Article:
Grab your Mop and Bucket
The controls work well and are fairly intuitive. Each Cleaner has several tutorials explaining how they work and the differences. The only issue I found caused a level reset because of the context-sensitive nature of the action button; a body had landed near a ladder and I was unable to move it due to the context-sensitive option switching to climb instead of carrying.
Sadly as enjoyable as the narrative is, it doesn’t quite stave off the feeling of repetition as the game goes on. Despite some levels offering interesting gimmicks, it always boils down to the same objectives. You’ll often find you’re doing the same things to move enemy patrols despite the ramping up of difficulty.
On that talking point, not all Cleaners are made equal. I always found that despite the odds, Vip3r had the toughest stages due to her abilities being limited to hacking and climbing through vents. The difficulty always seemed to spike on her missions but I guess if you’re gonna be 1337 then you need to prove it!
Bang! The Dirt is Gone
Serial Cleaners has taken the low poly PlayStation 1-inspired route for its graphics and at a distance, it looks quite impressive. Unfortunately, the cutscenes tend to zoom in on the character models, and they look like something Silent Hill wouldn’t allow through its streets.
Fortunately, at a distance, you don’t see the basic textures and with film grain, it looks quite good. The various settings and weather effects also carry the visuals further than initially expected. There is just a certain charm when it comes to the grit of it all that works for this title.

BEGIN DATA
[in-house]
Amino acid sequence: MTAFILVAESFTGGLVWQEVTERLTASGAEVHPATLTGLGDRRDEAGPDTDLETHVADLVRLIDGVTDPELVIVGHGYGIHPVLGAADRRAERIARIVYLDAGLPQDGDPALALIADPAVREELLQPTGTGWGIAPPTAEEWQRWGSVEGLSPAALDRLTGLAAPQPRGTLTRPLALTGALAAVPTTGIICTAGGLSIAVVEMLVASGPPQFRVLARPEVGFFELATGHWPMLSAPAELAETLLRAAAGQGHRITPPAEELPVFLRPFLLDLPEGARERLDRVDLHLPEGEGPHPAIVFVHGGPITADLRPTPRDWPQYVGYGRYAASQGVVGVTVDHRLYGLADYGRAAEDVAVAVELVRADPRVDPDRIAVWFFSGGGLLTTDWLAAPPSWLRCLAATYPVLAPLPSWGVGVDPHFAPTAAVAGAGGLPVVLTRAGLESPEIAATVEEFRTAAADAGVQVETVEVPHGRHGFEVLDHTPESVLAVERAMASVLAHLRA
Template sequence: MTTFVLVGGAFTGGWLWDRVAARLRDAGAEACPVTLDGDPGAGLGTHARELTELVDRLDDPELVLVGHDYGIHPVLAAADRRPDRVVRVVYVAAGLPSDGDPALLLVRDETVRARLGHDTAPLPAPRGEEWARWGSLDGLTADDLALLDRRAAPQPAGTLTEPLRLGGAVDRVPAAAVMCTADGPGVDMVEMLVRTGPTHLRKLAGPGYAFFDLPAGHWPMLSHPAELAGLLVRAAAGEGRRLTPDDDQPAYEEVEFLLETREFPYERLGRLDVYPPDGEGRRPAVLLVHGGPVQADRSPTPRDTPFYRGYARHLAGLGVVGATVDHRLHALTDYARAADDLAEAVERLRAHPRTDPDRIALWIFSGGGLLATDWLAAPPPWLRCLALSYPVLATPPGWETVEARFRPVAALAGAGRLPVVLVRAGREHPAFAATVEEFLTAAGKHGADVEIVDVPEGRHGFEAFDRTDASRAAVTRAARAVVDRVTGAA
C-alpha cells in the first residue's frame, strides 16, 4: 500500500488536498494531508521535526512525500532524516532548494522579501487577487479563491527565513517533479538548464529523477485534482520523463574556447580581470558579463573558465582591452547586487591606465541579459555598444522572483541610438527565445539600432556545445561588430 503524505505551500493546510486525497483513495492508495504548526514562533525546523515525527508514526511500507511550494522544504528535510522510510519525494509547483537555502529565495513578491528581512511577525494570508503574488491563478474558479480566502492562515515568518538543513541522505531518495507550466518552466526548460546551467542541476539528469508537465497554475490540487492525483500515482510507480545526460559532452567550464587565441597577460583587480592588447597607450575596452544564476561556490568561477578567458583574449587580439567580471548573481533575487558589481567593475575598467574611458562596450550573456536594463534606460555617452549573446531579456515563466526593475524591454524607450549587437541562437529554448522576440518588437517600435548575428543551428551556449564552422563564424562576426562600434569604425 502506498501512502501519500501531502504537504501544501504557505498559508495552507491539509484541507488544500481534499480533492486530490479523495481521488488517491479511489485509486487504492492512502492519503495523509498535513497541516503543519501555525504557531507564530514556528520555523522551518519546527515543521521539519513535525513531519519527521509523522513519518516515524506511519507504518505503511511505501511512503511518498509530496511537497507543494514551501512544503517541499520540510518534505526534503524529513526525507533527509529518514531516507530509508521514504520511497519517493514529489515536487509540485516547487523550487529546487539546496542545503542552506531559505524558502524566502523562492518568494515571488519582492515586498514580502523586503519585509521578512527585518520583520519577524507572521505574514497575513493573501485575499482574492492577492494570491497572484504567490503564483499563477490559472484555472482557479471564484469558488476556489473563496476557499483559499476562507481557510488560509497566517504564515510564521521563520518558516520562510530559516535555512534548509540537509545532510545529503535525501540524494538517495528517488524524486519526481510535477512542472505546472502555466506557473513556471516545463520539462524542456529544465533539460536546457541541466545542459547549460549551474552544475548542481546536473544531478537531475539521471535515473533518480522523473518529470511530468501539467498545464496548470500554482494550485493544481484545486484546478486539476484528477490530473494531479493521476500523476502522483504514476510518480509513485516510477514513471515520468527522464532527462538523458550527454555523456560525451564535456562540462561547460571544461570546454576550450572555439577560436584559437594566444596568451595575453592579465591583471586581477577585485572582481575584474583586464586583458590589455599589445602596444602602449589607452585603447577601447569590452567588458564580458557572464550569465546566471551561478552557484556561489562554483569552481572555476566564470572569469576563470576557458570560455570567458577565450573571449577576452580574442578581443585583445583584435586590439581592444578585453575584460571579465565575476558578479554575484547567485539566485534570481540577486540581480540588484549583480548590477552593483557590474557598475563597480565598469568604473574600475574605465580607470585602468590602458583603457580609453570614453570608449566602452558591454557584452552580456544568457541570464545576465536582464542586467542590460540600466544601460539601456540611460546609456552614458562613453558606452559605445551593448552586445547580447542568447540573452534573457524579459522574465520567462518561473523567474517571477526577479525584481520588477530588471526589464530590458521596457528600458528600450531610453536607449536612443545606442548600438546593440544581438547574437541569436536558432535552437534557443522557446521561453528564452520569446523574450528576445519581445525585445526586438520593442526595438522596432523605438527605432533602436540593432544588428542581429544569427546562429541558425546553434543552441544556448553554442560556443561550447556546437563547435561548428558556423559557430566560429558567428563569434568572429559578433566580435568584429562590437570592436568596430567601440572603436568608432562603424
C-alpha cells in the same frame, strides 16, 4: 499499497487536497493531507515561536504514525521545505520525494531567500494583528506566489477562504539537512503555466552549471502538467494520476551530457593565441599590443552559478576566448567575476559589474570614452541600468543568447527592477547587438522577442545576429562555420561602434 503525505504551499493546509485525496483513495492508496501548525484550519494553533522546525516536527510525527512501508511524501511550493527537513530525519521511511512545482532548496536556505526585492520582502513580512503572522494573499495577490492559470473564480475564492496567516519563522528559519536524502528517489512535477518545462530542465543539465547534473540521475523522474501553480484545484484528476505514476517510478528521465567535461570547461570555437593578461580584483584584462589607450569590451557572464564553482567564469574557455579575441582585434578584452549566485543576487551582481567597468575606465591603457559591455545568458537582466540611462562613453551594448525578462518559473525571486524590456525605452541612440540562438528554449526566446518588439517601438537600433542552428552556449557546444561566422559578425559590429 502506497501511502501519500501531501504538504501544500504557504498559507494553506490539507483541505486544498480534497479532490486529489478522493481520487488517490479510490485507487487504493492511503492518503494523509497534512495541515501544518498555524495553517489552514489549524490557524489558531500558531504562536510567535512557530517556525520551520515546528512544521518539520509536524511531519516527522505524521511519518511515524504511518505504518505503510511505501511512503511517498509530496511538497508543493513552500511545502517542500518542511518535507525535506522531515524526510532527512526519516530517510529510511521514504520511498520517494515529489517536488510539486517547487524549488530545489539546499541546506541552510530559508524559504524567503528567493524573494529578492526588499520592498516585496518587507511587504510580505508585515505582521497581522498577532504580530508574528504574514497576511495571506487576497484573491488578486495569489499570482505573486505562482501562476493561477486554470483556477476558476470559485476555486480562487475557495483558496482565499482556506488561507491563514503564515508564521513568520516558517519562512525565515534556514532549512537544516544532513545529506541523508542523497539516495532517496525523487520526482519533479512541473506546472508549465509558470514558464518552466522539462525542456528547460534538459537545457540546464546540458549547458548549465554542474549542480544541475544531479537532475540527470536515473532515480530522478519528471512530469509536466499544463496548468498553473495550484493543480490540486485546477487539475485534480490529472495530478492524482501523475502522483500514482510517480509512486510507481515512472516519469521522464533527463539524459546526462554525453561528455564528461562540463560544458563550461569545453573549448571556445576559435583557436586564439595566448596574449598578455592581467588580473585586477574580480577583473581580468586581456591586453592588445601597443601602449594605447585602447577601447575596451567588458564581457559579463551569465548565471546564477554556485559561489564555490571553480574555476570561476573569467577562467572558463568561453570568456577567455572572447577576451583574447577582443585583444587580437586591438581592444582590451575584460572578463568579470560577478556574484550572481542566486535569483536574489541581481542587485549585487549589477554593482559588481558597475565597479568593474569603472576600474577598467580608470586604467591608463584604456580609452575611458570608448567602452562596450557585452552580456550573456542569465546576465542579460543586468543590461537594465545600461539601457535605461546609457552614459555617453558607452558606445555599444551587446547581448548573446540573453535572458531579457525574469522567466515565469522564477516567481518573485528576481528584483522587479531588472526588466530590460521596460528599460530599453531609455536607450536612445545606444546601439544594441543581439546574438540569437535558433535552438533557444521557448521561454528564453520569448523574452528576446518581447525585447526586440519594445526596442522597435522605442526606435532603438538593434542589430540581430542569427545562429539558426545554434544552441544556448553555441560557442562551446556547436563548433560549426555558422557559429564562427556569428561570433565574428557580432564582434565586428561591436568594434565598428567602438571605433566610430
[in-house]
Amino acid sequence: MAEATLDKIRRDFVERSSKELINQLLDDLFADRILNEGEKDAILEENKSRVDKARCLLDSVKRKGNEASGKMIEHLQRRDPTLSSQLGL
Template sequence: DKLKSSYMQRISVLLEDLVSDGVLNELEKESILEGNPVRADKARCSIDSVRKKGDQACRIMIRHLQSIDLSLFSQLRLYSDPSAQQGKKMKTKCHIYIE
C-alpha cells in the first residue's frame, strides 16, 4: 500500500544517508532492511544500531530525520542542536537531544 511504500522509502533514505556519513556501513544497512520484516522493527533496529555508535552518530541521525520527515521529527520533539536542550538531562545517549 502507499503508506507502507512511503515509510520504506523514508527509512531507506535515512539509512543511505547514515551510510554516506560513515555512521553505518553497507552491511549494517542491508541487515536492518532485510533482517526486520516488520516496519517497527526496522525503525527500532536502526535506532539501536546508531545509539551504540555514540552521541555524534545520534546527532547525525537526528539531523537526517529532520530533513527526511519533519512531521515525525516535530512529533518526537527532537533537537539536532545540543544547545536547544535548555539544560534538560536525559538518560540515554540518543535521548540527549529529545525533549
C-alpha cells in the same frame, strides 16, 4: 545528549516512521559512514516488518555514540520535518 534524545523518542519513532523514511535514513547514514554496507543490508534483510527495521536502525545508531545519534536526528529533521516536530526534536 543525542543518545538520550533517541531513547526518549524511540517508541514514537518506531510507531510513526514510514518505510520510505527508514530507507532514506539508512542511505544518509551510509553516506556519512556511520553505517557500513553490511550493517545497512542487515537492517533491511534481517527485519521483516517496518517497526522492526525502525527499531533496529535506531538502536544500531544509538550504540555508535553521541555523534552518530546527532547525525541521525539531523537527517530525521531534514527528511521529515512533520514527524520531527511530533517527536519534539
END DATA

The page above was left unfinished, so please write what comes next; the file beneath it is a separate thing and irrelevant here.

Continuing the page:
During cutscenes, words will flash up on the screen in a fashion that would make Suda 51 blush. It adds to the dark theme of the game and gives off a real punk vibe. This is a massive difference compared to the almost parody cartoon look and feel of the original.
How Does a Dyson Handle?
While I can’t comment on the other platforms, the performance on the Nintendo Switch wasn’t the greatest sadly. Psycho’s first level in a Fargo-inspired snowy location ground the framerate down. A level involving Bob going through a cocaine-induced trance also juddered the game. When there isn’t a lot going on, the game performs fine, but the busier sections take their toll here.
I can’t say much about the soundtrack. While the ambiance in levels added to the tension, there isn’t a single track that stuck out to me. It was a mostly forgettable aural adventure.
The voice acting is good for the most part. Bob plays it cool and collected while Psycho grunts and swears as you would expect. Again Vip3r crashes through the wall of tolerance with a voice suiting someone who happily says “Lol” and “Haxorz” out loud.
I loved my time with Serial Cleaners, which clocked in at around 10 hours. It was everything you could expect from a sequel of a game that showed some real promise.
The greater lean on narrative and the gritty aesthetic carried the game much further than the original Serial Cleaner, but sadly the core gameplay loop remains mostly unchanged. This is fine initially but wears thin toward the end.
If you’re a fan of Stealth games and movies such as Pulp Fiction, you’ll lap up everything Serial Cleaners has to offer. While it outstayed its welcome, I’d have no qualms about hiring this motley crew for another clean-up.
SERIAL CLEANERS IS RECOMMENDED
Many thanks go to 505 Games for a Nintendo Switch review code for this title.